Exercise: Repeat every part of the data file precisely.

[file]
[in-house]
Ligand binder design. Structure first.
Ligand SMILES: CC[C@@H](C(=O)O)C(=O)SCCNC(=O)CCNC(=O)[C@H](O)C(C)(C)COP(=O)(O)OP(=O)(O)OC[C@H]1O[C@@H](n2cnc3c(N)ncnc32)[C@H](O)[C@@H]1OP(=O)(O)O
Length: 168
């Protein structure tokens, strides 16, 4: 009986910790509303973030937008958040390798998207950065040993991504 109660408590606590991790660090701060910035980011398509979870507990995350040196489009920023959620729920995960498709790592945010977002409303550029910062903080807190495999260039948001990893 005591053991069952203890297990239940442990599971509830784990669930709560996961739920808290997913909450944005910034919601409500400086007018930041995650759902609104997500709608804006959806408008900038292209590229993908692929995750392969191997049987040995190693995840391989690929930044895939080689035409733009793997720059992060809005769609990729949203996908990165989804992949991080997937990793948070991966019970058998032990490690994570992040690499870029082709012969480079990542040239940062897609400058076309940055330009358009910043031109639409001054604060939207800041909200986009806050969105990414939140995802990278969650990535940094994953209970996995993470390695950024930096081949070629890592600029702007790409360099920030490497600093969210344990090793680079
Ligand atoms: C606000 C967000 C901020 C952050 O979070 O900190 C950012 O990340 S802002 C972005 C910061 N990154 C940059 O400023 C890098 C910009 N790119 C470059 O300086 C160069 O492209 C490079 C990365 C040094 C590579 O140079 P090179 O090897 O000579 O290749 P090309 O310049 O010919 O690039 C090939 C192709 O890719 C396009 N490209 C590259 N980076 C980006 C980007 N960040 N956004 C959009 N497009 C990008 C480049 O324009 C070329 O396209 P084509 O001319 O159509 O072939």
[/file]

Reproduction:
[in-house]
Ligand binder design. Structure first.
Ligand SMILES: CC[C@@H](C(=O)O)C(=O)SCCNC(=O)CCNC(=O)[C@H](O)C(C)(C)COP(=O)(O)OP(=O)(O)OC[C@H]1O[C@@H](n2cnc3c(N)ncnc32)[C@H](O)[C@@H]1OP(=O)(O)O
Length: 168
């Protein structure tokens, strides 16, 4: 009986910790509303973030937008958040390798998207950065040993991504 109660408590606590991790660090701060910035980011398509979870507990995350040196489009920023959620729920995960498709790592945010977002409303550029910062903080807190495999260039948001990893 005591053991069952203890297990239940442990599971509830784990669930709560996961739920808290997913909450944005910034919601409500400086007018930041995650759902609104997500709608804006959806408008900038292209590229993908692929995750392969191997049987040995190693995840391989690929930044895939080689035409733009793997720059992060809005769609990729949203996908990165989804992949991080997937990793948070991966019970058998032990490690994570992040690499870029082709012969480079990542040239940062897609400058076309940055330009358009910043031109639409001054604060939207800041909200986009806050969105990414939140995802990278969650990535940094994953209970996995993470390695950024930096081949070629890592600029702007790409360099920030490497600093969210344990090793680079
Ligand atoms: C606000 C967000 C901020 C952050 O979070 O900190 C950012 O990340 S802002 C972005 C910061 N990154 C940059 O400023 C890098 C910009 N790119 C470059 O300086 C160069 O492209 C490079 C990365 C040094 C590579 O140079 P090179 O090897 O000579 O290749 P090309 O310049 O010919 O690039 C090939 C192709 O890719 C396009 N490209 C590259 N980076 C980006 C980007 N960040 N956004 C959009 N497009 C990008 C480049 O324009 C070329 O396209 P084509 O001319 O159509 O072939």